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EntertainmentLong IslandTheater

It's still looking a lot like Christmas

It sounds like a strange hallucination, which is probably why it's called "Christmas in Acidland." Cinema Arts Centre fans get to spend 140 minutes inside this time-tripping, head-spinning collage of media detritus -- collected snippets of vintage holiday festivity from the likes of "Abbott & Costello," "Ozzie & Harriet," "Howdy Doody," "The Beverly Hillbillies," Liberace, Bob Hope and other iconic names.

Cinema Arts Centre co-director Dylan Skolnick particularly likes the program's most legendary odd couple -- "David Bowie singing with Bing Crosby," he says, from the latter's final family Christmas TV special, in 1977. The greatest-generation crooner duets on "The Little Drummer Boy" with gender-bender Bowie. "It's too odd for words," Skolnick says, "but also fun to hear, musically."

A WILD MASHUP Wednesday's CAC Theater of the Wild screening continues like that -- a merry mashup of '50s-'60s Christmas-themed ads (Ernie Kovacs), public-service spots (Rosemary Clooney), musical numbers (Louis Armstrong with Danny Kaye), comedy routines (young George Carlin) and clips from early TV's variety specials and seasonal sitcom episodes.

"People are going to stumble out of here" after that festive flurry, Skolnick says, "but in a good way. Worn out but happy."

"Christmas in Acidland" was "curated" by Johnny Legend, described by Skolnick as a West Coast "rockabilly musician, movie producer, wrestling promoter and all-around wild guy" whose previous eruptions include the CAC-presented "Insane Trailer Show."

RARE CLIPS "These are clips you would otherwise never get your hands on," says Skolnick, who admits you could spend hours searching online for such Christmas craziness. "Here, we've done all the work for you."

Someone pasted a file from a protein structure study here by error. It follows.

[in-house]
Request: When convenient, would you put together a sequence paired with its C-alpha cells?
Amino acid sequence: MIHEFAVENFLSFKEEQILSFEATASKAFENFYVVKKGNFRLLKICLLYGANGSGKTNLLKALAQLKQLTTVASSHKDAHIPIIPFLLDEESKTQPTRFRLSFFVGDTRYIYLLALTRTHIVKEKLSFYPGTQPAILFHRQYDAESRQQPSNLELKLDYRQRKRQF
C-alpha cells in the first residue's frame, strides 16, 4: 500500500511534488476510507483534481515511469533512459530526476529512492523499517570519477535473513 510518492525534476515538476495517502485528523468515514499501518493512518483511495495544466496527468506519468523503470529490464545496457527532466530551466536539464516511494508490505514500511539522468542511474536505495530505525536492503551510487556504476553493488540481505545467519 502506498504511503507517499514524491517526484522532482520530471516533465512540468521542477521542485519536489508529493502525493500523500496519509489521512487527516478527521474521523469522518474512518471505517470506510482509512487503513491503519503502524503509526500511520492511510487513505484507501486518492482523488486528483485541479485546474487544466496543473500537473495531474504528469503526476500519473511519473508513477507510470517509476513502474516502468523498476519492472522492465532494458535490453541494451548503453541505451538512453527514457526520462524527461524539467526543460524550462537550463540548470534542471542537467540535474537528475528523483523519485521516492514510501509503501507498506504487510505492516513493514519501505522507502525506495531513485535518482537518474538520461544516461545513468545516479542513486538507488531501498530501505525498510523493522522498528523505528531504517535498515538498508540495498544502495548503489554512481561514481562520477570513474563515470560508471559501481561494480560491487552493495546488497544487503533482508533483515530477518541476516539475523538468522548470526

Good luck otherwise finding the Sputnik-era song "Outer Space Santa" from the button-down showcase "The Lawrence Welk Show." Also rare is the bizarre "Jack Benny Program" episode in which the deadpan pennypincher discovers ventriloquist Edgar Bergen's dummies Charlie McCarthy and Mortimer Snerd are actually living beings!

It's like stumbling on archaeological relics from a bygone era. Back then, TV nearly always tended to play things straight, without mischief or irony, "and every now and then, things just got crazy," Skolnick says. "Now, when things get weird, it's usually because people set out to make them weird."

So savor the inadvertent delirium of "Christmas in Acidland" Wednesday, while you can.

Cinema Arts Centre also celebrates the season this week with Santa's Cool Holiday Film Festival, Thursday at noon. The main attraction is the B-minus-movie perennial "Santa Claus Conquers the Martians," but it's surrounded by a program of holiday short subjects and cartoons to delight family members of all ages.WHAT "Christmas in Acidland"

WHEN|WHERE Wednesday at 7:30 p.m., Cinema Arts Centre, 423 Park Ave., Huntington

TICKETS $9 (members); $13 (nonmembers)

INFO 631-423-3456,

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